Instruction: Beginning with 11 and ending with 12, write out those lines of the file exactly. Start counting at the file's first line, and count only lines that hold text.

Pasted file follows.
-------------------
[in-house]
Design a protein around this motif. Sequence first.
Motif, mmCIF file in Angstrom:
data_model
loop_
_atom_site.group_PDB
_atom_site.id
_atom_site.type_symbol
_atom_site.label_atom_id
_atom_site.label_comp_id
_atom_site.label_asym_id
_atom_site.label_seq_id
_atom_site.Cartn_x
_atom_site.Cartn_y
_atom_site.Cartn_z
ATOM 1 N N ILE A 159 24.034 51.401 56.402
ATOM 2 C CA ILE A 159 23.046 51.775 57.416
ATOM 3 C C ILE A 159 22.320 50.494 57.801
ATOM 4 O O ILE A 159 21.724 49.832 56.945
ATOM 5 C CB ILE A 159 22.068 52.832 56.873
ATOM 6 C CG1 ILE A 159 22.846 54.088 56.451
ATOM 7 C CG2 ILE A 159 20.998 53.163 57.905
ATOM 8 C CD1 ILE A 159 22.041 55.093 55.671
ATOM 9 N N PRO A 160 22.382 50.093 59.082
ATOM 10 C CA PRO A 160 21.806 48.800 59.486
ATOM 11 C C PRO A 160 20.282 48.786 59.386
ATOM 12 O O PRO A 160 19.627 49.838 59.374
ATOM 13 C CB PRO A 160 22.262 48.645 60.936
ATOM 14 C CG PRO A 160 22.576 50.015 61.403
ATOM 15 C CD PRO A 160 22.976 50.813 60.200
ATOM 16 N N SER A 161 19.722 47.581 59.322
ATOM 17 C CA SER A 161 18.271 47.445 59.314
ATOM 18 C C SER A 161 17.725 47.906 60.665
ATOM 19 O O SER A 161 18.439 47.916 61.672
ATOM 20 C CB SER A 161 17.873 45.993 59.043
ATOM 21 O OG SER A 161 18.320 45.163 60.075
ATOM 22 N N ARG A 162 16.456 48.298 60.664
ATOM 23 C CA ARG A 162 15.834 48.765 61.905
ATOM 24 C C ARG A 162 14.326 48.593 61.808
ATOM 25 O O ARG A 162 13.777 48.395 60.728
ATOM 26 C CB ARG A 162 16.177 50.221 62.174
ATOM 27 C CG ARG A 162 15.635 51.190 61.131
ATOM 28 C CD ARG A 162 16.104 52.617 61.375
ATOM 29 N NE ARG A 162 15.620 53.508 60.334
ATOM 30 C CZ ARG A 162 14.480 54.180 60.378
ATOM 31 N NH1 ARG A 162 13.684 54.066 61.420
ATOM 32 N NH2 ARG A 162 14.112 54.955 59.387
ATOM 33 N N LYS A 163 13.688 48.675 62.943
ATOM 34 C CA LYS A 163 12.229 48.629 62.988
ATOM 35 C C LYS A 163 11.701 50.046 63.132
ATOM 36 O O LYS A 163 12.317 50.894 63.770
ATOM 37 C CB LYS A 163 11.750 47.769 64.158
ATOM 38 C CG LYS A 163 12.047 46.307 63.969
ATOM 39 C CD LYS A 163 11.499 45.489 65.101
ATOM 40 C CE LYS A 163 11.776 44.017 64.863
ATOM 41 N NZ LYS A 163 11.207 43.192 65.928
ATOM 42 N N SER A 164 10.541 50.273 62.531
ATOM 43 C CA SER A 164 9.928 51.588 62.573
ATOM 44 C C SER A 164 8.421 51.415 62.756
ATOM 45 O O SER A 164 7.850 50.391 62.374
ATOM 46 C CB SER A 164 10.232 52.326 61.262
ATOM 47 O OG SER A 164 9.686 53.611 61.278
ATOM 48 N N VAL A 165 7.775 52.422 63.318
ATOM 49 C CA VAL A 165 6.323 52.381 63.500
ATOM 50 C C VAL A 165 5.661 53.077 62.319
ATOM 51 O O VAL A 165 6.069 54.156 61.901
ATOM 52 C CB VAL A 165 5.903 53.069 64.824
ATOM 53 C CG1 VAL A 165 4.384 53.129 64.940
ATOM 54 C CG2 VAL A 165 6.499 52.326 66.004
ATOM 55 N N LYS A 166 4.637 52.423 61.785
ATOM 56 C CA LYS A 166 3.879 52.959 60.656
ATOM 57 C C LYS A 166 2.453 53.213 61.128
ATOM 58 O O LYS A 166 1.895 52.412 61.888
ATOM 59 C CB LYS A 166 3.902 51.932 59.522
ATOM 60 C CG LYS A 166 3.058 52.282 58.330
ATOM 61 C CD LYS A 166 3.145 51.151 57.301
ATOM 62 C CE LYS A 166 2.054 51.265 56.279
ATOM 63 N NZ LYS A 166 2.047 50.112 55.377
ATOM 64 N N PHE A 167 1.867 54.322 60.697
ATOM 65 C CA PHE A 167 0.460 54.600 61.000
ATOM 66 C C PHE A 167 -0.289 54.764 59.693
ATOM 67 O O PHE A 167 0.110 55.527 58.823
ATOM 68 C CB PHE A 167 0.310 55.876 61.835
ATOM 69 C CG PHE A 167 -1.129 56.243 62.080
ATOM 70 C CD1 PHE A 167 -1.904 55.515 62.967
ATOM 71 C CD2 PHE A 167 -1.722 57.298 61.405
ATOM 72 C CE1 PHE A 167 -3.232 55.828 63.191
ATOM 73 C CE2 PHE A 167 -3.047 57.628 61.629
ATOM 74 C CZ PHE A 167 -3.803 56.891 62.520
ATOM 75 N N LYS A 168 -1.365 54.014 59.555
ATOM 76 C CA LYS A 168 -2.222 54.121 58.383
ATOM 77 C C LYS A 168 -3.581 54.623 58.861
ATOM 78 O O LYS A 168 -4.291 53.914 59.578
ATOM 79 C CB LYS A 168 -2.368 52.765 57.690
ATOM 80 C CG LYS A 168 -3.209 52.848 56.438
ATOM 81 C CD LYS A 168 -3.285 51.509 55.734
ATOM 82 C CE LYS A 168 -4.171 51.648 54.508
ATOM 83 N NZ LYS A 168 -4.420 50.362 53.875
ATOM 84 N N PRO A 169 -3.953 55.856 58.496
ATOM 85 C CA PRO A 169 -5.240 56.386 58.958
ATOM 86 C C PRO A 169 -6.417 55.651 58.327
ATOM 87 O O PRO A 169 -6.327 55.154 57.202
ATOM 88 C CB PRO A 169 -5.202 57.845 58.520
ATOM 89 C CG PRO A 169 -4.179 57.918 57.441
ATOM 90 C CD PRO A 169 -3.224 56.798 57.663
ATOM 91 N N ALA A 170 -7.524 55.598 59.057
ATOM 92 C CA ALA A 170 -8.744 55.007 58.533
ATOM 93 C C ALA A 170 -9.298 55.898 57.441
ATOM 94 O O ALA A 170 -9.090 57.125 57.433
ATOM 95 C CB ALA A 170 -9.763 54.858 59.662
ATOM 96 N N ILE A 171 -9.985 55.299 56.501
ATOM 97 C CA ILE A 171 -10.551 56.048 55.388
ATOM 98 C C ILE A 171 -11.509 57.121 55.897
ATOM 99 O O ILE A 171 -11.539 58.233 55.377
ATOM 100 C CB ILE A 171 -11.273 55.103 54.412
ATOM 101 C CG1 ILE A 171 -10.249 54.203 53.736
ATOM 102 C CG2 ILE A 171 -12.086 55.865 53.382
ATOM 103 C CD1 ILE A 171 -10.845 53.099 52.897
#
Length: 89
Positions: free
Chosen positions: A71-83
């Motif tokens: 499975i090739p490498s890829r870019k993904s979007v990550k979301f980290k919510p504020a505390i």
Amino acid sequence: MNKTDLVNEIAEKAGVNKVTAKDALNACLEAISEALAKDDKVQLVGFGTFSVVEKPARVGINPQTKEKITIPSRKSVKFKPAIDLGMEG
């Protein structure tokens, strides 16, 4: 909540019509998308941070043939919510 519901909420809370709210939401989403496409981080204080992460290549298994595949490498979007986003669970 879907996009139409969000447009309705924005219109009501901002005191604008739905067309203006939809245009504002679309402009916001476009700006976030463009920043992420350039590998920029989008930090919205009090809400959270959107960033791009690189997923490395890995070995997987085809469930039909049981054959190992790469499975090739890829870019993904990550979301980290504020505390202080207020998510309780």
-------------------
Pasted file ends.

_atom_site.label_asym_id
_atom_site.label_seq_id